Stepper motors are electromechanical devices that can be accurately controlled without the need for feedback information to know their position. This means that stepper motors do not need sensing and feedback devices, and their positions can simply be determined by keeping track of the input pulses fed to them. They can be controlled to move slowly, quickly, in reverse, and they can pause or do partial and complete revolutions to the accuracy of less than a degree. They are used where precise motion and position control to precise angles is of utmost importance. A number of methods exist for controlling stepper motors from a computer.
- Skill level:
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Things you need
- Stepper motor
- ULN2003 IC
- DB-25 male connector
- DB-25 female / male parallel port cable
- Power adaptor
- Solder-less breadboard
Lay out the circuit for the motor on the breadboard as shown on the circuit in the article "Computer Controlled Stepper Motor" (see Resources: Channel 9).
Label the stepper motor wires using your multimeter to determine the common power wire that carries current (see Resources: Identifying the Common Power Wire in Stepper Motors).
Solder the DB-25 male connector to the connecting wires on the board and ensure all connections are correct using a multimeter. This makes it easier to plug and unplug. Test all connections to ensure there are no short-circuits and then plug the connector to the computer when all is fine.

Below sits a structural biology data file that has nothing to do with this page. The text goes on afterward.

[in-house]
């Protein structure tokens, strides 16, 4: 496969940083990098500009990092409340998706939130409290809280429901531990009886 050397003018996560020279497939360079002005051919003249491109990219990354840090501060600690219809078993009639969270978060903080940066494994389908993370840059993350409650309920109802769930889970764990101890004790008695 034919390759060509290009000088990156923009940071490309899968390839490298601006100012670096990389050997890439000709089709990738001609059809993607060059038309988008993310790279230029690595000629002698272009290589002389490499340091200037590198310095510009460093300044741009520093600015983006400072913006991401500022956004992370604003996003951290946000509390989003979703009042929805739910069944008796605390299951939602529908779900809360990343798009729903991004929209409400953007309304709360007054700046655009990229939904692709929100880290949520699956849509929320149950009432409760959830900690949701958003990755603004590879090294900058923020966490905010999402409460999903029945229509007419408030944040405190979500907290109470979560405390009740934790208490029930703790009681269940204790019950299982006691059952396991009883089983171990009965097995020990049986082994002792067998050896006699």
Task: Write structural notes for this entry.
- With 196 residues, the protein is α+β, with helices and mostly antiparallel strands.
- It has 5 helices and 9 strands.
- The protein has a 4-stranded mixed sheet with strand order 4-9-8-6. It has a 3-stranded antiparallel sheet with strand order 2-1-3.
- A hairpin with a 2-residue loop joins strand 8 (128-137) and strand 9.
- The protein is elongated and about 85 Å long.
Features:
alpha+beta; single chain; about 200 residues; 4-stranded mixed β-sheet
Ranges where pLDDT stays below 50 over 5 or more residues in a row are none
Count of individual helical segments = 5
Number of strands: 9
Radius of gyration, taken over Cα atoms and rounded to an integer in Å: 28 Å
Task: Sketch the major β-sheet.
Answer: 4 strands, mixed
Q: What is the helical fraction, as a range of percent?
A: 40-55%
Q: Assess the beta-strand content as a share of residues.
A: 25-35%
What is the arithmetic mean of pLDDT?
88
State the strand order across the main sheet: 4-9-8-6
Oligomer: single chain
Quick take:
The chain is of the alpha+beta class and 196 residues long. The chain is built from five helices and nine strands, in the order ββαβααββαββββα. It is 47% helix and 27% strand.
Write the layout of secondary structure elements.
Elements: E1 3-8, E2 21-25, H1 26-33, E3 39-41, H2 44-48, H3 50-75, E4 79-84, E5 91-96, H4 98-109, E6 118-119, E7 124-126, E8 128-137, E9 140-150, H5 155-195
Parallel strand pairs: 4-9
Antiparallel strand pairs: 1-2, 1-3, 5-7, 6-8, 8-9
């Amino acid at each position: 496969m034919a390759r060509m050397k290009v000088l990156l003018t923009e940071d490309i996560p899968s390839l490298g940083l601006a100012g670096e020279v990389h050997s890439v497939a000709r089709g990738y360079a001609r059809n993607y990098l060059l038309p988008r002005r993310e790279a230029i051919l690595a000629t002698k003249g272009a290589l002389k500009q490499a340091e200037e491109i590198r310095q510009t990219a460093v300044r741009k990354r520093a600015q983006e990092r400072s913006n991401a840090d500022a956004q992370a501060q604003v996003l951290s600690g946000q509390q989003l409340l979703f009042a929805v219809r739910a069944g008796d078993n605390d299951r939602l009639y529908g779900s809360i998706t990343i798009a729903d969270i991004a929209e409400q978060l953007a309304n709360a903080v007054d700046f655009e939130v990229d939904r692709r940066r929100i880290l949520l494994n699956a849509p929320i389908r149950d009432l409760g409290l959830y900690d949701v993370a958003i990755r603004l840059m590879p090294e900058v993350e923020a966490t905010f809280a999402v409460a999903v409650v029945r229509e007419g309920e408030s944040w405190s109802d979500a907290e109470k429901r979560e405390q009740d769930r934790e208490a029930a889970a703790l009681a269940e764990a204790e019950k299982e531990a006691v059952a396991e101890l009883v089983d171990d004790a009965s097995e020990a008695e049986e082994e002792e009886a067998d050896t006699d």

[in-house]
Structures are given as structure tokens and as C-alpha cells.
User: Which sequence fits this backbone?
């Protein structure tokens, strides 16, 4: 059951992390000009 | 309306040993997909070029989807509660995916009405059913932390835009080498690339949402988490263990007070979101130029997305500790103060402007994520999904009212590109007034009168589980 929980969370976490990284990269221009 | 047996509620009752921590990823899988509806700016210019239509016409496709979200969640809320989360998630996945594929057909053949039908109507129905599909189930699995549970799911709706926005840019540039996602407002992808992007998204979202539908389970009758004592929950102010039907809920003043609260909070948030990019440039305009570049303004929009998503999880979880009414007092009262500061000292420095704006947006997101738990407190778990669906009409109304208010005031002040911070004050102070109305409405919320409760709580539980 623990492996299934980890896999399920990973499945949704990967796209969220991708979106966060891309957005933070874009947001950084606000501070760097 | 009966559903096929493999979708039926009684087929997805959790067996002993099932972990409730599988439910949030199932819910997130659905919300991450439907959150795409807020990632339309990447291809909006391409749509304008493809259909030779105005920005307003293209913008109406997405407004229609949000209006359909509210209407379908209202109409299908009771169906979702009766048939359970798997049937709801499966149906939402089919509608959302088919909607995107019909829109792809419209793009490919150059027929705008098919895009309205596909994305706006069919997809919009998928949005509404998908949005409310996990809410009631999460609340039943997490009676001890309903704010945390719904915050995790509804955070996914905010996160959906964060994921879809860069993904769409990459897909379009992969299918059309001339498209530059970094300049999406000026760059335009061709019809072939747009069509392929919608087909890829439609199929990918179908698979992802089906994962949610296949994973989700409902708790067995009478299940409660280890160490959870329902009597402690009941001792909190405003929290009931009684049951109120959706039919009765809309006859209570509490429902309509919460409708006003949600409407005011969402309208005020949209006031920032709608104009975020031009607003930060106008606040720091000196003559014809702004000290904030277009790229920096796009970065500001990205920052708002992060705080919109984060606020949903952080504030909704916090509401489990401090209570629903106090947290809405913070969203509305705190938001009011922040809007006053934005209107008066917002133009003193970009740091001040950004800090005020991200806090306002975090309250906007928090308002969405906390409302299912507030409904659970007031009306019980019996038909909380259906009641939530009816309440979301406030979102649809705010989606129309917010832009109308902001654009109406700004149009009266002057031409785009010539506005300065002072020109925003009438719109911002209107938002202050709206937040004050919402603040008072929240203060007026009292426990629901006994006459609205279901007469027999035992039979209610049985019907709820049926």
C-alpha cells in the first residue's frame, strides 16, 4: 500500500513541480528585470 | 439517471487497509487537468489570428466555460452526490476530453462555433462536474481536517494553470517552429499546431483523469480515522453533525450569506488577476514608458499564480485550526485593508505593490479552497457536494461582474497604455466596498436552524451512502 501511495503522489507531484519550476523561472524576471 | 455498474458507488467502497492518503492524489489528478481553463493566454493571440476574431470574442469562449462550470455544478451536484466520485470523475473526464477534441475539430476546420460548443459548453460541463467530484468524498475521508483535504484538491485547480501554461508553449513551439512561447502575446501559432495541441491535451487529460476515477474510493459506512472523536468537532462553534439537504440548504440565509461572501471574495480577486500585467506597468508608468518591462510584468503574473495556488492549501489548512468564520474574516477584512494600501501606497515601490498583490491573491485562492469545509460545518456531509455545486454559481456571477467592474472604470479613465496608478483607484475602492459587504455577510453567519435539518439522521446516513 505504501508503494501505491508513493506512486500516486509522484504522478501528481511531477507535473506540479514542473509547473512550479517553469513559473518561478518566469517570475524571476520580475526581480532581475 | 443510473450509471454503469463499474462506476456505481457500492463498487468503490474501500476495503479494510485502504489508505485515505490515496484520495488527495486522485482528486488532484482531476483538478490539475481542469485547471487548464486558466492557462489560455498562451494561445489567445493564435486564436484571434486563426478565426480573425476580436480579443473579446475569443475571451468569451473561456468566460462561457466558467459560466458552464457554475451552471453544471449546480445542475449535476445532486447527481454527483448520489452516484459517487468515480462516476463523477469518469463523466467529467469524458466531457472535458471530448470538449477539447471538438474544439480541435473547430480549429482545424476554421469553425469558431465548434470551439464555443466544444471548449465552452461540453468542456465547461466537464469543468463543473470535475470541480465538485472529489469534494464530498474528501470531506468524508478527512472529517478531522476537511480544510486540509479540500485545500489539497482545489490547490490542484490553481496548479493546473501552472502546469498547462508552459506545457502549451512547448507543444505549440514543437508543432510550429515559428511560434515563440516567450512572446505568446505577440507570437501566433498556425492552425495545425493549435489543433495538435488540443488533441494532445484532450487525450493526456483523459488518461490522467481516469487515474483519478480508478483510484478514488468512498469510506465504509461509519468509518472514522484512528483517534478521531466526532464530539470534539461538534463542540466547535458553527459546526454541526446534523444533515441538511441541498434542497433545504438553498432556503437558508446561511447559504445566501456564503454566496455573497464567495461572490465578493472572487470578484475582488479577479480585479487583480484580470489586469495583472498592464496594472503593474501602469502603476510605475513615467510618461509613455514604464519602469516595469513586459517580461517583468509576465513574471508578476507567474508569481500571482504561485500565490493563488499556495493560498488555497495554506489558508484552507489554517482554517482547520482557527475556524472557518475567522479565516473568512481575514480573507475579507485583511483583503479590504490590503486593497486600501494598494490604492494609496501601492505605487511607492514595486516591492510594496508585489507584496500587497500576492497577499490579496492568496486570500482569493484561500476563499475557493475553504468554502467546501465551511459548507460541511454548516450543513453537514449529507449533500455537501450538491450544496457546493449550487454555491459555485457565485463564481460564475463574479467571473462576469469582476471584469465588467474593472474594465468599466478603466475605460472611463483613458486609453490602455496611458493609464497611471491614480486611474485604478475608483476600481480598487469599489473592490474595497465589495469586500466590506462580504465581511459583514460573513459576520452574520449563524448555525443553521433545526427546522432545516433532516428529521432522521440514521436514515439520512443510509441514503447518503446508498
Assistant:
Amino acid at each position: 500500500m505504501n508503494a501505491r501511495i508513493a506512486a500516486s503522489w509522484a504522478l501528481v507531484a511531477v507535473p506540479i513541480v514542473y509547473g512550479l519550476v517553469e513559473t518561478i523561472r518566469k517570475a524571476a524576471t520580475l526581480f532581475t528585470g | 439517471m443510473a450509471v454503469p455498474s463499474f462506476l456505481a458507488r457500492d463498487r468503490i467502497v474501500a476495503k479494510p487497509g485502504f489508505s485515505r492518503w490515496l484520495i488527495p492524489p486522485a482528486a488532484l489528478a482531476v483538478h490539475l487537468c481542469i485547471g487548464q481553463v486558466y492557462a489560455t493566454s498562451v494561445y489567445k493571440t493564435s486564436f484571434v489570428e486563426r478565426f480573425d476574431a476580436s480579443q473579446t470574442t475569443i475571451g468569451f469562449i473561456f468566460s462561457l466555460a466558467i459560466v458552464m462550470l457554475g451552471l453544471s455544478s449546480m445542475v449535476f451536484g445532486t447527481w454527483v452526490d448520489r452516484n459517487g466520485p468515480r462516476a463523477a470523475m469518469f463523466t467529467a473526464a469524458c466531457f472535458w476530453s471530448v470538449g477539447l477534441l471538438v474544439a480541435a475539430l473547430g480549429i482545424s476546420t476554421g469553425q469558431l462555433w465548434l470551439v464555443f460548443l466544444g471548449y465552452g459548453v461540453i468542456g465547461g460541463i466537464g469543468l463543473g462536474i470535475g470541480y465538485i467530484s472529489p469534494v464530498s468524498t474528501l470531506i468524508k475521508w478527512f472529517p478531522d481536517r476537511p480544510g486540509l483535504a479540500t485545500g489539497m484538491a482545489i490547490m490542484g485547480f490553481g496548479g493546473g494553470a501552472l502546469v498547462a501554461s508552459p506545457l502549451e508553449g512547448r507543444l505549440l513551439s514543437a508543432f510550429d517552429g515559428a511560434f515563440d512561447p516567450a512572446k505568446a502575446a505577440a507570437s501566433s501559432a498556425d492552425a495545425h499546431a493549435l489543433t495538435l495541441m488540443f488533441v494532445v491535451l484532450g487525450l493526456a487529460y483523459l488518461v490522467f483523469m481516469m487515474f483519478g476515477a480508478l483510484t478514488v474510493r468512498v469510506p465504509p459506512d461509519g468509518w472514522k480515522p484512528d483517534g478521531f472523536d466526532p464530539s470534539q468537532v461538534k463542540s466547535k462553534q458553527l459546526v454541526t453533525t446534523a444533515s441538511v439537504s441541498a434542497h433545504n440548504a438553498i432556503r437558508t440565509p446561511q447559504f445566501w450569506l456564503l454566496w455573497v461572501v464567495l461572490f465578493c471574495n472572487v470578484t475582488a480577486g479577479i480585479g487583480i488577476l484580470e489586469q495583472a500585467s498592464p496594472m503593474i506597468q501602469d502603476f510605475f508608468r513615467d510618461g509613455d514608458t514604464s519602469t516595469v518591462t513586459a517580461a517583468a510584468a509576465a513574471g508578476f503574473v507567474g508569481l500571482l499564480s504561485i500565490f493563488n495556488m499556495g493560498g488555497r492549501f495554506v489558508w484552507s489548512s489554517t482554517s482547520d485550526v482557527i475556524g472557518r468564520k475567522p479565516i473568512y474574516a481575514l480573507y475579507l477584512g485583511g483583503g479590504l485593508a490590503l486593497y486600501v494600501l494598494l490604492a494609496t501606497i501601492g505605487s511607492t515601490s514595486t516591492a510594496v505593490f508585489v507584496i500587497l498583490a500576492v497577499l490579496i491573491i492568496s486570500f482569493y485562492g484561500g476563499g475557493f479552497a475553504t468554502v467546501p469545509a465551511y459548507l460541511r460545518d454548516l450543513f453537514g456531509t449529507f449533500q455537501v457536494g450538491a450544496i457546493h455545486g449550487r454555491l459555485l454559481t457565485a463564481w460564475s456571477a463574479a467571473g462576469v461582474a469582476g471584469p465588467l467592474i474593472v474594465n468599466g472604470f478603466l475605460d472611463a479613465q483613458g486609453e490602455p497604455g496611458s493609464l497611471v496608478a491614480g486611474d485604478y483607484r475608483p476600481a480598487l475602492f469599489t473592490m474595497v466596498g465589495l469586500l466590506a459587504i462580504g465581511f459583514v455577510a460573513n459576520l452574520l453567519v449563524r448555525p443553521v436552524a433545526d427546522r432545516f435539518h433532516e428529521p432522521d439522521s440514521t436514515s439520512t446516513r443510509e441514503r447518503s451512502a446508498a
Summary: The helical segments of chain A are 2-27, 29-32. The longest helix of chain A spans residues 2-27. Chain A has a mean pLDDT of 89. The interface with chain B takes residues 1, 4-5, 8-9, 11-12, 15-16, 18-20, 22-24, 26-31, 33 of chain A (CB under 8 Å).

Write the code that will be used to control the motor. The code can be written in either C# or in Visual Basic (VB). The following sample code uses the "InpOut32.dll" library file found in the "Systems32" folder of Windows systems:
private class PortAccess
public static extern void Output(int address, int value);
Private Class PortAccess
Public Declare Sub Output Lib "inpout32.dll" Alias "Out32" (ByVal address As Integer, ByVal value As Integer)
Tips and warnings
- Stepper motors can also be controlled via the USB. All you need is a StepperBee USB adaptor board and then use the installation disk to make the configurations. Alternatively, USB adaptor installation disks come with a DLL (Dynamic Link Library) that allows standard functions to be called using a wide range of languages without having to know USB operation details.
- By learning how to reach and control external devices using the parallel port, you will find it both easy and interesting when it comes to stepper motors. The same procedure applies to controlling LEDs with a Parallel Port.
- The parallel port can be easily damaged if wrong connections are made. Damaged embedded parallel ports require a motherboard replacement. It is thus recommended to have an I/O card with a parallel port and use it for testing purposes.
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